Malaysia is very family friendly, and travelling with kids is generally a breeze. Most attractions and transport services offer discounts for children and many beach resorts have special family chalets. Be aware that cots are not widely available in cheaper accommodation, so if you're going budget you'll need to bring the necessaries. The website www.travelwithyourkids.com offers some good general advice.

Kuala Lumpur has some great ways to entertain the kids. Berjaya Times Square has a theme park but the one at Sunway Lagoon is better and it's just a 20-minute bus trip from the centre. Zoo Negara, 13km northeast of the city, provides a sample of native Malaysian, Asian and even African wildlife.

At Petronas Towers a kids' play park features a paddling pool and plenty of toy shops. There's a canopy walkway at the Forestry Research Institute, 16km from the city. If they want to be creative, your kids can try some batik painting or pottery at the handicrafts complex, Kompleks Budaya Kraf.

Kota Kinabalu (KK) is the large, sprawling and bustling capital of Sabah and doesn't really make for the ideal family beach holiday, but it's worth visiting as it has some great shopping, restaurants and nightlife, some lovely buildings, a good range of accommodation and an engaging atmosphere. Nearby is the Tunku Abdul Rahman National Park. The kids will love the five islands and reefs that make up the park and it's only a short boat ride from the city centre.

One of the best beach resort destinations for families with young kids is Pulau Perhentian, off the east coast of Peninsula Malaysia. Pulau Perhentian is made up of two islands - Besar and Kecil. Prices are a little cheaper at the latter.

On both islands you'll find crystal-clear waters, white-sand beaches and a range of activities Try Tuna Bay Island Resort (www.tunabay.com.my), which has family chalets on a lovely stretch of white sand or in the jungle behind for around $150.


Border crossing closed

We would like to travel in China and cross into India, either to Sikkim or into Arunachal Pradesh. We understand that the Nathula border was reopened to trade last year. Is it also open to tourists? Are there any other border crossings between China and Tibet and India? - Ron Witton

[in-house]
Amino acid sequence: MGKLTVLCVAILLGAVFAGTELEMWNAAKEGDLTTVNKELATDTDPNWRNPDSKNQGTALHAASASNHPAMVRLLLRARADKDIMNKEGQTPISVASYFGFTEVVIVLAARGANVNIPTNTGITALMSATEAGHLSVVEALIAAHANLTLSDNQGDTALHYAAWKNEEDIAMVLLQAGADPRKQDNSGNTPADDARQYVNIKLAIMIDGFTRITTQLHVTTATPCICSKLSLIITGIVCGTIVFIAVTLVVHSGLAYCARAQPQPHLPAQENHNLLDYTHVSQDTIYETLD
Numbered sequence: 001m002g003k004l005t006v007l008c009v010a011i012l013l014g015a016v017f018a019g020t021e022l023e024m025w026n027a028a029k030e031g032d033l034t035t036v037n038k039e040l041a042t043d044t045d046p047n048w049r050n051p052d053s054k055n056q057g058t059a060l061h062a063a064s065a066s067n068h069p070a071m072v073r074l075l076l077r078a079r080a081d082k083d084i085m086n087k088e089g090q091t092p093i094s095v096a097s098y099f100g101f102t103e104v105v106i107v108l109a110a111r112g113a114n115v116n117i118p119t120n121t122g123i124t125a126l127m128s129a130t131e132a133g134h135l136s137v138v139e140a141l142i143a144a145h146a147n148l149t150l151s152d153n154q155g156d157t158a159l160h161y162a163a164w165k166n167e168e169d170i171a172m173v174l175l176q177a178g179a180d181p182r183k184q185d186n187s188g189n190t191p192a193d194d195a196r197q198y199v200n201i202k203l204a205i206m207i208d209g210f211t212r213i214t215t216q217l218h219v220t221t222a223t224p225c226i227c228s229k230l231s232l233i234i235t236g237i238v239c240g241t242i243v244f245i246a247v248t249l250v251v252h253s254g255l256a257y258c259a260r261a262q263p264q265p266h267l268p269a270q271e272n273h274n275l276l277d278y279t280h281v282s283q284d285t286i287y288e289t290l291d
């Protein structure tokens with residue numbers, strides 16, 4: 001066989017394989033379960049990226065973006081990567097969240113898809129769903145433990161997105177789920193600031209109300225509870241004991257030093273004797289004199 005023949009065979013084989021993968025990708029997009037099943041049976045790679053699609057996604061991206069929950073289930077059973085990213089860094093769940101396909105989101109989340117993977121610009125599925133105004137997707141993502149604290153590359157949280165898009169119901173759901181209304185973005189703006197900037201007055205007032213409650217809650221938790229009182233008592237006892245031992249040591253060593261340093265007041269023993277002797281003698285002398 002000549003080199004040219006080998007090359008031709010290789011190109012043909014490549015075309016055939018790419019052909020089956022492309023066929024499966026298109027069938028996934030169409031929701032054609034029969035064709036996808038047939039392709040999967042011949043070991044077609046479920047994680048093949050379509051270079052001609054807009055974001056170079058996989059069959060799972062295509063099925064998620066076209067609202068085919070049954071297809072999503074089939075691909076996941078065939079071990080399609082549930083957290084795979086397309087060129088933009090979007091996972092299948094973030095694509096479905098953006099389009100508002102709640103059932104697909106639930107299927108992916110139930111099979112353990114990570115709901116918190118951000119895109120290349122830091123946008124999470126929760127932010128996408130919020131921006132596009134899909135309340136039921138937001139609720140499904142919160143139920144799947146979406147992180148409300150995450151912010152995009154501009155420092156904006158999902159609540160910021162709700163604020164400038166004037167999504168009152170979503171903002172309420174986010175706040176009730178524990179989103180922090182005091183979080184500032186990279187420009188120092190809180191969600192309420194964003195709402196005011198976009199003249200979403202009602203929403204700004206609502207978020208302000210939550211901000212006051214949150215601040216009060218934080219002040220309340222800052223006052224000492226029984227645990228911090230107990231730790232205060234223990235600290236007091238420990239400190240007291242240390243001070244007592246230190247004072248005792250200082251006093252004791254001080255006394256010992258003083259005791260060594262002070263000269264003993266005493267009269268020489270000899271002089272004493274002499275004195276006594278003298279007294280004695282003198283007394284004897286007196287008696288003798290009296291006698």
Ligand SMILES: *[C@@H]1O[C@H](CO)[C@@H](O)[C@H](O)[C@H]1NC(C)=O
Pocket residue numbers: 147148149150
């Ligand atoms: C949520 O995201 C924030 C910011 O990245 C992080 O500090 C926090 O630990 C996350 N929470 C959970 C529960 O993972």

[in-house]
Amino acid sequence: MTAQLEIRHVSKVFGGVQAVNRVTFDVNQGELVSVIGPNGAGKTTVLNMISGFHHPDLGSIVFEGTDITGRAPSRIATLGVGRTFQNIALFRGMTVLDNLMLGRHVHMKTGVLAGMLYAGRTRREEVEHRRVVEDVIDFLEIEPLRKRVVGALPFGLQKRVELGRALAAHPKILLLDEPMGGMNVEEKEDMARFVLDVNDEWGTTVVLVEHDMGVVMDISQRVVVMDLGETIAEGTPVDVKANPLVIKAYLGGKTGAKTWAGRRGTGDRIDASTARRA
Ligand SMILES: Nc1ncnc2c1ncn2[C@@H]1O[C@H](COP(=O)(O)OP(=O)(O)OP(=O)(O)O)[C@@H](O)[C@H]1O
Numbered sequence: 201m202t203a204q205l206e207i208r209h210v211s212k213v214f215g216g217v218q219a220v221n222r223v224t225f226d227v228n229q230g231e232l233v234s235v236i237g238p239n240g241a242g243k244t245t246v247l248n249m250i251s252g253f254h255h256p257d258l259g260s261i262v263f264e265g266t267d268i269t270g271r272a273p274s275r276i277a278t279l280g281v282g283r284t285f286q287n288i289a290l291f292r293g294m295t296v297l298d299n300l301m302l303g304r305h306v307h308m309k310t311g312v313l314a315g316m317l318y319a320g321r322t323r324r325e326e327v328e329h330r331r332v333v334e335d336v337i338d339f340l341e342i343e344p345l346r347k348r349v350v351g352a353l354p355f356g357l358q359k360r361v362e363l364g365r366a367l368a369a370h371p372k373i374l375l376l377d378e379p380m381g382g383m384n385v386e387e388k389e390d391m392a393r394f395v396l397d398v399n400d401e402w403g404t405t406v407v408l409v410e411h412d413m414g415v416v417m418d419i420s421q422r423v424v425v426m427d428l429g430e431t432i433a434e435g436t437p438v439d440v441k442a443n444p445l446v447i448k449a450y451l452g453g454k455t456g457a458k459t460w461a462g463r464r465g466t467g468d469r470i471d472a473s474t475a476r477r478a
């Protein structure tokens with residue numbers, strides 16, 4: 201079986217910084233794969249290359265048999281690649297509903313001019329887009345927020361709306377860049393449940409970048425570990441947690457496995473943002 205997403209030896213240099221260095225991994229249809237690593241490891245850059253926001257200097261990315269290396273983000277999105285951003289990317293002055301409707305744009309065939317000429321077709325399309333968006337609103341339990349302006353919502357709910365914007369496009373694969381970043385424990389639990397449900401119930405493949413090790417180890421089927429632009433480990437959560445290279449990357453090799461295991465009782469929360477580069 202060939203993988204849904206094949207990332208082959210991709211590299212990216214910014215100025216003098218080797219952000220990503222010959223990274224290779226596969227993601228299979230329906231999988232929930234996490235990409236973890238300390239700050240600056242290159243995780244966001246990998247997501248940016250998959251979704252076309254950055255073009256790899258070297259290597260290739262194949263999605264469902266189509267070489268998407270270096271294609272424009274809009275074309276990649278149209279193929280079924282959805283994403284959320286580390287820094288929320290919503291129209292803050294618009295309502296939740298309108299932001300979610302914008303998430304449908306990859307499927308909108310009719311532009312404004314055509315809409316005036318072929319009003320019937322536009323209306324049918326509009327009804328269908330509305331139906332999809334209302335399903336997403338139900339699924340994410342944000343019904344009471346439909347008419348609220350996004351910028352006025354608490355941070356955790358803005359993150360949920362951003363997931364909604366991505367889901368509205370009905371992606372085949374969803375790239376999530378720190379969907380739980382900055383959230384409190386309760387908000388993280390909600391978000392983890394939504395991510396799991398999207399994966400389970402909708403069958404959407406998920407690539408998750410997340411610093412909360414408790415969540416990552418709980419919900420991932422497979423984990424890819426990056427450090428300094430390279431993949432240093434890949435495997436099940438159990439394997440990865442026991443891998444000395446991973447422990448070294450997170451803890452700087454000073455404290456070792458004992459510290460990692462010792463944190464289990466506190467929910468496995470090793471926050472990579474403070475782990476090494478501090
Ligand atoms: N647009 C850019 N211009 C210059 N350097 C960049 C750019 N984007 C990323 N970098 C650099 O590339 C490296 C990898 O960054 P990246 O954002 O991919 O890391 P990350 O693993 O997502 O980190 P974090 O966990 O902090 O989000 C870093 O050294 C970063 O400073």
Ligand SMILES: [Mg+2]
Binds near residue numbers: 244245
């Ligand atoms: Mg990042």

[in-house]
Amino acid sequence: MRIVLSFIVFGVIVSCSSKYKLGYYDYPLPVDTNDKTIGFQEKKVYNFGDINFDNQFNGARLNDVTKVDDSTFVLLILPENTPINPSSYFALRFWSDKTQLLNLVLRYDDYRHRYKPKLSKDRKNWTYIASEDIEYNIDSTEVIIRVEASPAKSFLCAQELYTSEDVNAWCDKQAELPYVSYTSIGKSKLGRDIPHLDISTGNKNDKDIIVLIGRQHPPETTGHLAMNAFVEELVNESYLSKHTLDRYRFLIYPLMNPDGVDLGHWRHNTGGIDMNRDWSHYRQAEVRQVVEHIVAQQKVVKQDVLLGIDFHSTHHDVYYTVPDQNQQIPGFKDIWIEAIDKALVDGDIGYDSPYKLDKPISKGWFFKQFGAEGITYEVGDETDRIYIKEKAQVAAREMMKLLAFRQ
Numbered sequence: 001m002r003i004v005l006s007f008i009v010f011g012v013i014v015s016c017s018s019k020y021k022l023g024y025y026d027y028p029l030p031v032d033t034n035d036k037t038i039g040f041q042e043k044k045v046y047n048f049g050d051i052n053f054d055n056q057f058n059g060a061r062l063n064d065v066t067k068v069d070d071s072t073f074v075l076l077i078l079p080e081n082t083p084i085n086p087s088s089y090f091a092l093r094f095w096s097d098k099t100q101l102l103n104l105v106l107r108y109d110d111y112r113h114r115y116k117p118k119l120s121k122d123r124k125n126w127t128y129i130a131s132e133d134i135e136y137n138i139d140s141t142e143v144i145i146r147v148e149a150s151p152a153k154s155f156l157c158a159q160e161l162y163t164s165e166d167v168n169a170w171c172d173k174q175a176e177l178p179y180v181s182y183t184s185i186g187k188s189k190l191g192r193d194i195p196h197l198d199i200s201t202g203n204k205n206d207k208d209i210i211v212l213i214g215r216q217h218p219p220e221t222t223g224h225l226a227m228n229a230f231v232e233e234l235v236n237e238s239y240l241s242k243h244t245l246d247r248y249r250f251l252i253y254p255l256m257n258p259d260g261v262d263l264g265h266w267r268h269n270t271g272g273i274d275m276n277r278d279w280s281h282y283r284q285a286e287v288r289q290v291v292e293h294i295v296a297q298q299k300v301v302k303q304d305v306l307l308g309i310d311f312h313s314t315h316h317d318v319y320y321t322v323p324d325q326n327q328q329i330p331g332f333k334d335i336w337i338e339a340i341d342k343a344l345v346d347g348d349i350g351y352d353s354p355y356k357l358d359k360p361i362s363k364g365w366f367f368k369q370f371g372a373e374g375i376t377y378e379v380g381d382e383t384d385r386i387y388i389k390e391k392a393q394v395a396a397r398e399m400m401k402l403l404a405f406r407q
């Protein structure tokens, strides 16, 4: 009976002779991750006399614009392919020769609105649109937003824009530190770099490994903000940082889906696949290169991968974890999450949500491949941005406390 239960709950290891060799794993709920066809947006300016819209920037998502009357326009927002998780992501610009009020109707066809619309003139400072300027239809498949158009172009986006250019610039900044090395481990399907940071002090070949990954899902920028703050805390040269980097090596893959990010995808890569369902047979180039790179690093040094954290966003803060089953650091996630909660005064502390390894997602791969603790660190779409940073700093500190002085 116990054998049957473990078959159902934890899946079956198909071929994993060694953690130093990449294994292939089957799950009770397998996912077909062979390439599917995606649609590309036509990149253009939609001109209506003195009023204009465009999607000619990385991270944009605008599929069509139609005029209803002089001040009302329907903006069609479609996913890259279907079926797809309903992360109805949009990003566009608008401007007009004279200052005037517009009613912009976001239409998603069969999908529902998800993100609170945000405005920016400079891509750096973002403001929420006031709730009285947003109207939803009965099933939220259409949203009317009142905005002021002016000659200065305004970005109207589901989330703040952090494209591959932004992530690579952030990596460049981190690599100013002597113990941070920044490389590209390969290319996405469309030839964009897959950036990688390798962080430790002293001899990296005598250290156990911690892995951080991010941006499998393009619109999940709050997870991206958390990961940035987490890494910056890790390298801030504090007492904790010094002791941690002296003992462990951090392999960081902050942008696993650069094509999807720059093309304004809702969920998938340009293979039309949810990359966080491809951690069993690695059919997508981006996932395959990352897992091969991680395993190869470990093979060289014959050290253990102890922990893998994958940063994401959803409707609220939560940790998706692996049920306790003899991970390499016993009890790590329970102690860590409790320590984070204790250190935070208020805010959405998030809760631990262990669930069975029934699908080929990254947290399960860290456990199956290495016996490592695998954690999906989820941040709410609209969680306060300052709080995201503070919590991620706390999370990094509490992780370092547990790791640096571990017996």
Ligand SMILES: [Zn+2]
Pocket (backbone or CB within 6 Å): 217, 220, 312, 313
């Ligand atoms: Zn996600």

The border crossing between China and India is closed. The crossing at Nathula is strictly for local trade. There are, however, border crossings between China and Nepal and between Nepal and India. Because of Maoist insurgency, it is vital you check on the latest security situation before crossing from Nepal to India. Read the Ministry of Foreign Affairs & Trade's travel advisories for Nepal and India at www.safetravel.govt.nz. It wouldn't hurt to read the Australian Department of Foreign Affairs & Trade's (DFAT's) advisories at www.smartraveller.gov.au, too.

The 920km road connecting Lhasa with Kathmandu is known as the Friendship Highway and it's a spectacular trip.

The best way to do this trip is to hire a 4WD through a hotel or travel agency, then organise a private itinerary with a driver. Visas for Nepal can be obtained in Lhasa or at the Nepalese border.

To get to India from Kathmandu, the most popular crossing points are Bhairawa (south of Pokhara) to Sunauli in Uttar Pradesh, and from Birganj (south of Kathmandu) to Raxaul in Bihar. If you are travelling to Delhi or elsewhere in western India, the route through Bhairawa/Sunauli is the most convenient. A bus from Sunauli to Varanasi (three hours) costs around $3.50. A bus goes from Kathmandu to Delhi from Monday to Saturday ($45, 36 hours). Alternatively, you can take the bus to Gorakhpur in Uttar Pradesh ($2, 2 hours) and then a train to Delhi from there.

- NZ Herald